History of Surrealism, A Brief Introduction
From the Literary to the Pictorial
metaphysical prologue should help you in furthering your knowledge, by study and research, about
one of the most intriguing art movements of the XX century. As you will see, it will give you only
a sketchy panorama of some of the principal characters and events without any elaboration or
explanation in the hope that, after reading it, you will visit a book store or a library. Remember
that you might spend a life acquiring assets and then lose them, but the knowledge you acquire you
will never; therefore, take care of your health, accumulate wealth and, above all, strive to gain
Surrealism is a term applied to Art as well as to Literature.
The Surrealists claimed as their own writers, poets, and philosophers who lived even before Guillame Apollinaire coined the term in 1917 and André Breton, as the principal theoretician and chief propagator of the movement, immortalized it in his First Surrealist Manifesto published in 1924. Charles Baudelaire (1821-1867), Isidore Ducasse better known as le Conte de Lautréamont (1846-1870), and Arthur Rimbaud (1854-1891) are some of the poets who preceeded the birth of DADA. Founded in Zürich in the spring of 1916 by Hans Arp, Hugo Ball, Richard Hulsenbeck, Marcel Janko and Tristan Tzara at a little bar known as Cabaret Voltaire, DADA is considered to be the pre-Surrealist phase.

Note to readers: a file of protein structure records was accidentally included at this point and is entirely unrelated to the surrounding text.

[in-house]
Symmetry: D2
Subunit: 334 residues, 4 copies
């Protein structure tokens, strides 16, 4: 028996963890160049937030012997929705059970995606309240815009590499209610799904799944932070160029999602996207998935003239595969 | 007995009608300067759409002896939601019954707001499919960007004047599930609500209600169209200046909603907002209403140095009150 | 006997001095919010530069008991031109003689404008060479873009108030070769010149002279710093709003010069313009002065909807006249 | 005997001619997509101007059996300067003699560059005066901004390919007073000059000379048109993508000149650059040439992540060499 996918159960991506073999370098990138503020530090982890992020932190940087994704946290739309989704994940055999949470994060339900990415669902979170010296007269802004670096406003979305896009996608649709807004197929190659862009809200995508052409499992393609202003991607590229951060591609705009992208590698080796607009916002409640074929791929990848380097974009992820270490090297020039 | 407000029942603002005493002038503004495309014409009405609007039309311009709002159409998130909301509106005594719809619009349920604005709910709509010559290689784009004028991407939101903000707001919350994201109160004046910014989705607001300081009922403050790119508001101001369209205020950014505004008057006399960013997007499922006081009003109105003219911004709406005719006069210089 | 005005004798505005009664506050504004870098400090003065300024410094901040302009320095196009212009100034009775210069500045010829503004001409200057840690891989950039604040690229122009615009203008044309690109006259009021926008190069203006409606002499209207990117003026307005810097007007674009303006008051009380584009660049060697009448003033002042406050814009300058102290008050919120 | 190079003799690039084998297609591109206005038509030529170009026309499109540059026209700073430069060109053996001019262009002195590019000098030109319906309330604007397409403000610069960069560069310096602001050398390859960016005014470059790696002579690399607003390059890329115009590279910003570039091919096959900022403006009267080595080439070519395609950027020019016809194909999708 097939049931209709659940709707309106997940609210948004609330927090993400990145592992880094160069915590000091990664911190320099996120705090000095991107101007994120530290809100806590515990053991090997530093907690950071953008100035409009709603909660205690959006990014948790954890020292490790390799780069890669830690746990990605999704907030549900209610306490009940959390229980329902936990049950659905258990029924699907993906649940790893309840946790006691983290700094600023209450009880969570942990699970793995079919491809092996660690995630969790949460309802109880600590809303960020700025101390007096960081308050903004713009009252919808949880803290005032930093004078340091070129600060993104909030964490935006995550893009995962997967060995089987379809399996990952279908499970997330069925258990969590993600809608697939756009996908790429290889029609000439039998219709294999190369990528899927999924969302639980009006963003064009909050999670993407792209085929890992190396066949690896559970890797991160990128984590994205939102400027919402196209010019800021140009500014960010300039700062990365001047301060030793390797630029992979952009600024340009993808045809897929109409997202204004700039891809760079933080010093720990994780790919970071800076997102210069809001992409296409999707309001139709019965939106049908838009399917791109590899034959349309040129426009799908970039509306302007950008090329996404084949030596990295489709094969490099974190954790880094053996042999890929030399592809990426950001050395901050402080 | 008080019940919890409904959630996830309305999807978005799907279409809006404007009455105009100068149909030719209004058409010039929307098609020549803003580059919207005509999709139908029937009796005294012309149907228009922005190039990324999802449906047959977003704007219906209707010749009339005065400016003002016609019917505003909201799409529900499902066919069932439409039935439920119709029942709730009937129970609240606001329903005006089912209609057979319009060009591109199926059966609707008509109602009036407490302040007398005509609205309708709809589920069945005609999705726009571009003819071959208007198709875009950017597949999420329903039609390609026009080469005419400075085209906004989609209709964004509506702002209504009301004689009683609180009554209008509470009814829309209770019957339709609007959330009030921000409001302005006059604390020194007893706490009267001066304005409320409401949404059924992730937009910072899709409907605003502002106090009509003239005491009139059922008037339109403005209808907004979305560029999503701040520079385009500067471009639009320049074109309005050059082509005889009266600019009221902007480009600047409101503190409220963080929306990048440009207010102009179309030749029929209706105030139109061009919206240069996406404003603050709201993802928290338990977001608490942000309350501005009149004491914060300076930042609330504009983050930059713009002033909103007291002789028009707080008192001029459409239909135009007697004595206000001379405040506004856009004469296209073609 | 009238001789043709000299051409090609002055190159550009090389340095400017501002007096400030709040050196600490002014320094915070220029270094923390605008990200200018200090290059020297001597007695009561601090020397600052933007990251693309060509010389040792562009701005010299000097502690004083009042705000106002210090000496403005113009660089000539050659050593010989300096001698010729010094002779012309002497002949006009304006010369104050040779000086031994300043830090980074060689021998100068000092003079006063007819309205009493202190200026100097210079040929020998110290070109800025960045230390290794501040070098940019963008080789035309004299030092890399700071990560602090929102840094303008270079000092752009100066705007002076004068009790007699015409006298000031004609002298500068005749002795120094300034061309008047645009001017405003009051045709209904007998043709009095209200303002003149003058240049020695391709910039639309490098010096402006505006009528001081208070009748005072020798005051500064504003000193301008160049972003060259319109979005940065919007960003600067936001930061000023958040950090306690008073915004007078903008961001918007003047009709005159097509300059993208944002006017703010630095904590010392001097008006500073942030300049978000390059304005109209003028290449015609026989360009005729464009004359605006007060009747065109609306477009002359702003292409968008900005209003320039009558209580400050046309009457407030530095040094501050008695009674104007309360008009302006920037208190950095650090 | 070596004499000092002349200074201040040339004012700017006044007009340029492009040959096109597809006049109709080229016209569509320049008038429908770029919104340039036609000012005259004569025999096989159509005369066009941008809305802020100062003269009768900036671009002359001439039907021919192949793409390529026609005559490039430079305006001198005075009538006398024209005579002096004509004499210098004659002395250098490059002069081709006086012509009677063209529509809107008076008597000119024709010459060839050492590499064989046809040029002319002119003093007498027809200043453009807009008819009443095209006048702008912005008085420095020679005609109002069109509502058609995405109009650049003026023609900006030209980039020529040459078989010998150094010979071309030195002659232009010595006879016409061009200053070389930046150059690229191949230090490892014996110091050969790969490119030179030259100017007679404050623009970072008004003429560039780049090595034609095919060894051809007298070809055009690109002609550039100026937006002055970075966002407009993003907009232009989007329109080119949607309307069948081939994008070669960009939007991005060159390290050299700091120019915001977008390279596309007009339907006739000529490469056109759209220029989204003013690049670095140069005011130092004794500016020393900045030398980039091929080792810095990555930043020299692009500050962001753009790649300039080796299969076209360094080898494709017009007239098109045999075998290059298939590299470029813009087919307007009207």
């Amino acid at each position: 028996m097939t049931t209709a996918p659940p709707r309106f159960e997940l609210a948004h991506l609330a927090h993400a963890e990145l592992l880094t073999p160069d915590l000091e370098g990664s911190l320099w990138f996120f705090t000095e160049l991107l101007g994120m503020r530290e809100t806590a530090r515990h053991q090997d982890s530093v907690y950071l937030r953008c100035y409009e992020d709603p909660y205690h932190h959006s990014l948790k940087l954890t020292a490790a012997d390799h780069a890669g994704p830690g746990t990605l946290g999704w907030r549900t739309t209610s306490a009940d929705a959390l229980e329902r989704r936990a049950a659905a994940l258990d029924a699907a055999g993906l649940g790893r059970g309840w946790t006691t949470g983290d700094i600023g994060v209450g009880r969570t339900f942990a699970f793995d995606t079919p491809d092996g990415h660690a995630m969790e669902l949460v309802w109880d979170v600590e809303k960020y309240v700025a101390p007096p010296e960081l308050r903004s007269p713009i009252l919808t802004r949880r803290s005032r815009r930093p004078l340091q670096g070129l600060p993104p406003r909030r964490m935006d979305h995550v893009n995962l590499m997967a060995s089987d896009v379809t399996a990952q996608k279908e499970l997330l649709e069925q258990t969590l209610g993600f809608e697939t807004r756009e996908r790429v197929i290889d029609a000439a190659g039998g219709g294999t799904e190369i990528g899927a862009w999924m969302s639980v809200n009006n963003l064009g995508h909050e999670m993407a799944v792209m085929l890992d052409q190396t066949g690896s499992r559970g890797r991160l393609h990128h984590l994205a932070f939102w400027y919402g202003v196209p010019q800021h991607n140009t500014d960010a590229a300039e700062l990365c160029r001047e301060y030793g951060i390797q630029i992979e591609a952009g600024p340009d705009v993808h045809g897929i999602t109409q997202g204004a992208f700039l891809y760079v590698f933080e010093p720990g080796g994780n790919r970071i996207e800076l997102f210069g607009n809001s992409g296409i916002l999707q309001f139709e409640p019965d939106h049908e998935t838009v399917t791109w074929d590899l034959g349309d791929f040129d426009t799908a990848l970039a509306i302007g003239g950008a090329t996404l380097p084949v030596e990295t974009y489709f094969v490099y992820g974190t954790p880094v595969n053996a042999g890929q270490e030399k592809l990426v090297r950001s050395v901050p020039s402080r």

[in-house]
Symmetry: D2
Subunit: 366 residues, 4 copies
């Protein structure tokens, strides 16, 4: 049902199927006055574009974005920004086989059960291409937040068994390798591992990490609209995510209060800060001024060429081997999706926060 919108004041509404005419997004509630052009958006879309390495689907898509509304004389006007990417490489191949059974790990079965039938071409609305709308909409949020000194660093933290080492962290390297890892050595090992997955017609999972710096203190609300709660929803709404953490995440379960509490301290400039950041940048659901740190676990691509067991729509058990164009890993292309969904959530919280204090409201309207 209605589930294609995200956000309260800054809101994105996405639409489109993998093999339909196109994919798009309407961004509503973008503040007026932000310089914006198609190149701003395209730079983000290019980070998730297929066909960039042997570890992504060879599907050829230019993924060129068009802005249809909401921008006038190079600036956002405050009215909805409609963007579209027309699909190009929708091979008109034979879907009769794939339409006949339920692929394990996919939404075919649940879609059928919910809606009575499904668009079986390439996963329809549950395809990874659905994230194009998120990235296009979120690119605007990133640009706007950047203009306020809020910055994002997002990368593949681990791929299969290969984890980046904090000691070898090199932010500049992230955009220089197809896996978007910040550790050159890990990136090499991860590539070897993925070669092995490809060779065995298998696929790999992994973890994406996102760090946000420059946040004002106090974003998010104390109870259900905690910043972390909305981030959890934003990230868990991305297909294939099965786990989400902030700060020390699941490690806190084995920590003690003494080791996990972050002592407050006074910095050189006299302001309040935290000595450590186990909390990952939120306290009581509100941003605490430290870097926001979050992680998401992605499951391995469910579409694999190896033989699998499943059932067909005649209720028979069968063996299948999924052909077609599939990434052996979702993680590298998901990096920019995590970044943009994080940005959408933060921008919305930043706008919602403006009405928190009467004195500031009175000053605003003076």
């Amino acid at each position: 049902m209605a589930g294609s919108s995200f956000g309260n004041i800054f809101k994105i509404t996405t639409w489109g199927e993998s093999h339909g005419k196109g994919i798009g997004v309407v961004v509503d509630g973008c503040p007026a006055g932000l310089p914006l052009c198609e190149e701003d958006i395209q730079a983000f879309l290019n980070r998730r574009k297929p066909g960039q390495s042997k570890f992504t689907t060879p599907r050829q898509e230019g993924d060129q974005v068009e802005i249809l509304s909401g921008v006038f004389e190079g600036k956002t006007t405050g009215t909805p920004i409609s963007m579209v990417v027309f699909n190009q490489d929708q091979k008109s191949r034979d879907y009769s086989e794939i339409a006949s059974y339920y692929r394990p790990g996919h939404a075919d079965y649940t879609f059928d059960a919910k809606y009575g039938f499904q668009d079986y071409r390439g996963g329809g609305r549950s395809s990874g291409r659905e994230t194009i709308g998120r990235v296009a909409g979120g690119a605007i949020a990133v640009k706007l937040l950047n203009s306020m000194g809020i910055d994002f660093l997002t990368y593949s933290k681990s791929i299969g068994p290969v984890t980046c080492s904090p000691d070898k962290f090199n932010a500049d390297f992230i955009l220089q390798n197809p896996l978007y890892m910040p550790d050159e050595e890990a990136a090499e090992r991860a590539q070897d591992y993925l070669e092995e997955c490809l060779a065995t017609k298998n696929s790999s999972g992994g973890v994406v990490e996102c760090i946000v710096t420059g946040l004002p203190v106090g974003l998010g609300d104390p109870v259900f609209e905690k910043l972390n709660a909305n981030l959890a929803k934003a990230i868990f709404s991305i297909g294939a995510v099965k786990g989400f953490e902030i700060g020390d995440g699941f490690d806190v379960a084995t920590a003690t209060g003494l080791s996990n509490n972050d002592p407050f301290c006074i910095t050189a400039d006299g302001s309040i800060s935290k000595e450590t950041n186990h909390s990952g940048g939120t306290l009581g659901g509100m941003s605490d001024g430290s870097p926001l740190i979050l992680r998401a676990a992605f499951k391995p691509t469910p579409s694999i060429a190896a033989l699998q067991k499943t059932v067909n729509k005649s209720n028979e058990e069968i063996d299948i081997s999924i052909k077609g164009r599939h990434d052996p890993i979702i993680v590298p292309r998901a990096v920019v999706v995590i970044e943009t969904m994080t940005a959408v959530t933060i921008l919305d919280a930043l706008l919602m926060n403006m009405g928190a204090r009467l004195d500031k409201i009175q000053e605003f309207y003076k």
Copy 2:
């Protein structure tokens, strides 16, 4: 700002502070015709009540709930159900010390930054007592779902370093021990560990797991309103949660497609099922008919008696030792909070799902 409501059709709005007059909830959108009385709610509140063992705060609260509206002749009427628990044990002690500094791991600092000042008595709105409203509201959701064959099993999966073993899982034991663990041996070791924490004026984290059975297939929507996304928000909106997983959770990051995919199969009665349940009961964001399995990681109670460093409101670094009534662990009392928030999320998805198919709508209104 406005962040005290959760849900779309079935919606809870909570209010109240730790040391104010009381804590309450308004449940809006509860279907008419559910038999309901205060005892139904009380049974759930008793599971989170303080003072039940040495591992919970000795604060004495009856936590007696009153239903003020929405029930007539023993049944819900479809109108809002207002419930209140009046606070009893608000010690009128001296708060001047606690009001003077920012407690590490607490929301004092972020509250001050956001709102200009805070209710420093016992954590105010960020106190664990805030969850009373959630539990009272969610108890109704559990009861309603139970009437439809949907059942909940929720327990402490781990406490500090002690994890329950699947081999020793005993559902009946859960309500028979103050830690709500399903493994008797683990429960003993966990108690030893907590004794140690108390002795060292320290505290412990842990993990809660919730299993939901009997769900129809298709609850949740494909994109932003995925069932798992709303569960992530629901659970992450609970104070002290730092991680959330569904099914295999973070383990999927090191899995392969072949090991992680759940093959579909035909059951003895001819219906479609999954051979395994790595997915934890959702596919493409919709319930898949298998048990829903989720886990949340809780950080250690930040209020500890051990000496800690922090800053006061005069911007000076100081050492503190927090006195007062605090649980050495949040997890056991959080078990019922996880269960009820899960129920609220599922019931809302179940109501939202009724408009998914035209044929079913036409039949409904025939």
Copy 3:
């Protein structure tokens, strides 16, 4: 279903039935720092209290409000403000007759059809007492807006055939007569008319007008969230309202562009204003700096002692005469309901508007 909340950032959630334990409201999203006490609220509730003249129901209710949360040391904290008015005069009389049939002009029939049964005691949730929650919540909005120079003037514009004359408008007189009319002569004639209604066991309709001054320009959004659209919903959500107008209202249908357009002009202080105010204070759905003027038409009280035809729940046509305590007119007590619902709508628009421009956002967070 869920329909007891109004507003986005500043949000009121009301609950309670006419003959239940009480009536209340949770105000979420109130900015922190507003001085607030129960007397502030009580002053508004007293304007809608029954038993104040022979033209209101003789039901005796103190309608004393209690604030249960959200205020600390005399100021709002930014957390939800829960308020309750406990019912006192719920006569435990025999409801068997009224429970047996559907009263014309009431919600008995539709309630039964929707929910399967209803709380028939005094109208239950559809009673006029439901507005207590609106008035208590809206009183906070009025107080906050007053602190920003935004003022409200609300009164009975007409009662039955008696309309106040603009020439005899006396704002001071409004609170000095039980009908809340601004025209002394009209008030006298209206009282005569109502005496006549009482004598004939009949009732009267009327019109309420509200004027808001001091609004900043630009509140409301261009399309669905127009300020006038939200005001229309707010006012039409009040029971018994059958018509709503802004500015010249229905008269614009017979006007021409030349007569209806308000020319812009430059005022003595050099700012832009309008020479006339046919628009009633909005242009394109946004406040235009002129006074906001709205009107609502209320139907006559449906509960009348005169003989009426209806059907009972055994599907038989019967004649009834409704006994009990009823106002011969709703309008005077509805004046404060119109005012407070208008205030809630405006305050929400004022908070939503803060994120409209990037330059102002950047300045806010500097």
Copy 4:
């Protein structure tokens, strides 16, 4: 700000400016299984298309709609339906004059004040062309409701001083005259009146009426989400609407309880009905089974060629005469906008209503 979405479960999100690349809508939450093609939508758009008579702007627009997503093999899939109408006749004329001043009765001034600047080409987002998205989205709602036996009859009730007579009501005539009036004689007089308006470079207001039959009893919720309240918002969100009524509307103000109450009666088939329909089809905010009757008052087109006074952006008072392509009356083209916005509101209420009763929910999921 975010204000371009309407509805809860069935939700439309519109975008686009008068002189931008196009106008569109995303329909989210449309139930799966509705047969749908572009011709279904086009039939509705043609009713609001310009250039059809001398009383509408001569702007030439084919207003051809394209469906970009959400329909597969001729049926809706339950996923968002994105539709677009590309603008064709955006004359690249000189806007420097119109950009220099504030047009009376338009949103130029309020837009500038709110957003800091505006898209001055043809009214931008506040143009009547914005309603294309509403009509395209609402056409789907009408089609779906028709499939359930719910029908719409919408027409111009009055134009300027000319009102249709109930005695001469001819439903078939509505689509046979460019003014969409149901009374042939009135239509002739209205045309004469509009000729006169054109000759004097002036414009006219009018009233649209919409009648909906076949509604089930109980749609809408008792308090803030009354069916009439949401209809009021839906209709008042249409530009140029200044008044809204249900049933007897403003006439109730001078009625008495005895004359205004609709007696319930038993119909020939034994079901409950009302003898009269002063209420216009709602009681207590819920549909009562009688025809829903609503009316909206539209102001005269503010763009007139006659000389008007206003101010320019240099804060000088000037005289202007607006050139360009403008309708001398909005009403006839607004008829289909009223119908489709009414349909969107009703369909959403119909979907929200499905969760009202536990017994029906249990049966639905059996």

Paul Eluard (1895-1952), poet, and Louis Aragon (1897-1982), poet and novelist were active participants from the beginning and they, together with the poet and playwright Federico Garcia Lorca, were three of the most recognizable literary figuresof this century associated with the movement.
It was the inspiration of the Surrealists to avoid presenting or representing reality and to put the emphasis on invention and creativity by uncovering the poetic aspect of life with its kaleidoscopic multidimensional images and by tapping the hallucinatory power of the irrational and every other possible source of metaphysical energy. The Surrealists had empathy with the artists of previous generations who shared their vision and used reality only to enhance imagination. From Hieronymus Van Aeken Bosh (1450-1516) with his erotic, sadistic and sarcastic themes, and Pieter Bruegel, senior (1528-1569) with his fantastic paintings of the hallucination of sick peasants, to Albrecht Dürer (1471-1528) with his worlds of dreams and Giuseppe Arcimboldo (1527-1593) with his allegorical figures composed of animal and vegetable imagery; from Henry Fuseli (1741-1825) with his dream eroticism and Jean-Ignace Gérard Grandville (1803-1847) with his distinctly humorous dream fantasy to Gustave Doré (1832-1883), painter, litographer and wood engraver of the fantastic, the bizarre and the sublime and Arnold Börklin (1827-1901) with his mythological and dreamlike landscapes. Some others were: Gustave Moreau (1826-1898), Dante Gabriel Rossetti (1828-1882), John Everett Millais (1829-1896), Odilon Redon (1840-1916), Henry Rousseau (1840-1916) and Gustav Klimt (1862-1918).